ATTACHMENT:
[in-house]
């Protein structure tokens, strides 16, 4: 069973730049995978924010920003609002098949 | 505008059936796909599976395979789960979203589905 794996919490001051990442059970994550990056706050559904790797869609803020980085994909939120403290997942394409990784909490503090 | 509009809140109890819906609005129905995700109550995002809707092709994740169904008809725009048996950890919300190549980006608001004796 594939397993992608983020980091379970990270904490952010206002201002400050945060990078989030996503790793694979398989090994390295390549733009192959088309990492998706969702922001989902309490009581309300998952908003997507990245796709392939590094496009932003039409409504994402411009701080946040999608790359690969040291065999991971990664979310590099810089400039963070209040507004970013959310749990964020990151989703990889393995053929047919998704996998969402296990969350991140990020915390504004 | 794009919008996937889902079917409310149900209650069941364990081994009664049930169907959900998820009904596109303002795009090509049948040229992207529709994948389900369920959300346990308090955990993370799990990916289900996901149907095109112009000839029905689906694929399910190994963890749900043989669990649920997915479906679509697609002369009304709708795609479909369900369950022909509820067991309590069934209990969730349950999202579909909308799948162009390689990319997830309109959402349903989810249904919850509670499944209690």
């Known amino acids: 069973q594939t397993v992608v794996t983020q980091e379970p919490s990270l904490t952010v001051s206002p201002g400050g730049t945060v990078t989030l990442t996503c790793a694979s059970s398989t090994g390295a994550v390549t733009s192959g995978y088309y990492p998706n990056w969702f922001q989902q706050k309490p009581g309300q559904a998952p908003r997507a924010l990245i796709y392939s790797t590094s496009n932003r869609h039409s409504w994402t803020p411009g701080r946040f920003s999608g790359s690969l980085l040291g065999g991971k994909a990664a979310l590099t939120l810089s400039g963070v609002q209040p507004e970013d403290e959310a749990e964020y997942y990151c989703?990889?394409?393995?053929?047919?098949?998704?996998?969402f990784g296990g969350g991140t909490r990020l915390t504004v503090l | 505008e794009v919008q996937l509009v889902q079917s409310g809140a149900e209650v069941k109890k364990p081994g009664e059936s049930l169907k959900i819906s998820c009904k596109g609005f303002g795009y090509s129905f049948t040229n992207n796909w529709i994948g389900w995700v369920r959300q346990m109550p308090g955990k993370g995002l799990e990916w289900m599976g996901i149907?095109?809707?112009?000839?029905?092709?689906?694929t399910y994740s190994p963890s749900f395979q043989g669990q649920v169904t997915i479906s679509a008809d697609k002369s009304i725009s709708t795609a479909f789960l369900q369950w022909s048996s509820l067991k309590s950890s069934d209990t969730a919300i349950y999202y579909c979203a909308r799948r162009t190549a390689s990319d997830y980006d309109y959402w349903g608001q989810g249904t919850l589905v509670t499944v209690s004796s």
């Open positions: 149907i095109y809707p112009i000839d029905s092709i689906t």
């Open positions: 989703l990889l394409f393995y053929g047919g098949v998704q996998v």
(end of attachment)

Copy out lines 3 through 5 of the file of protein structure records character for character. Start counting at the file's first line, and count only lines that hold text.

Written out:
């Known amino acids: 069973q594939t397993v992608v794996t983020q980091e379970p919490s990270l904490t952010v001051s206002p201002g400050g730049t945060v990078t989030l990442t996503c790793a694979s059970s398989t090994g390295a994550v390549t733009s192959g995978y088309y990492p998706n990056w969702f922001q989902q706050k309490p009581g309300q559904a998952p908003r997507a924010l990245i796709y392939s790797t590094s496009n932003r869609h039409s409504w994402t803020p411009g701080r946040f920003s999608g790359s690969l980085l040291g065999g991971k994909a990664a979310l590099t939120l810089s400039g963070v609002q209040p507004e970013d403290e959310a749990e964020y997942y990151c989703?990889?394409?393995?053929?047919?098949?998704?996998?969402f990784g296990g969350g991140t909490r990020l915390t504004v503090l | 505008e794009v919008q996937l509009v889902q079917s409310g809140a149900e209650v069941k109890k364990p081994g009664e059936s049930l169907k959900i819906s998820c009904k596109g609005f303002g795009y090509s129905f049948t040229n992207n796909w529709i994948g389900w995700v369920r959300q346990m109550p308090g955990k993370g995002l799990e990916w289900m599976g996901i149907?095109?809707?112009?000839?029905?092709?689906?694929t399910y994740s190994p963890s749900f395979q043989g669990q649920v169904t997915i479906s679509a008809d697609k002369s009304i725009s709708t795609a479909f789960l369900q369950w022909s048996s509820l067991k309590s950890s069934d209990t969730a919300i349950y999202y579909c979203a909308r799948r162009t190549a390689s990319d997830y980006d309109y959402w349903g608001q989810g249904t919850l589905v509670t499944v209690s004796s």
């Open positions: 149907i095109y809707p112009i000839d029905s092709i689906t």
């Open positions: 989703l990889l394409f393995y053929g047919g098949v998704q996998v």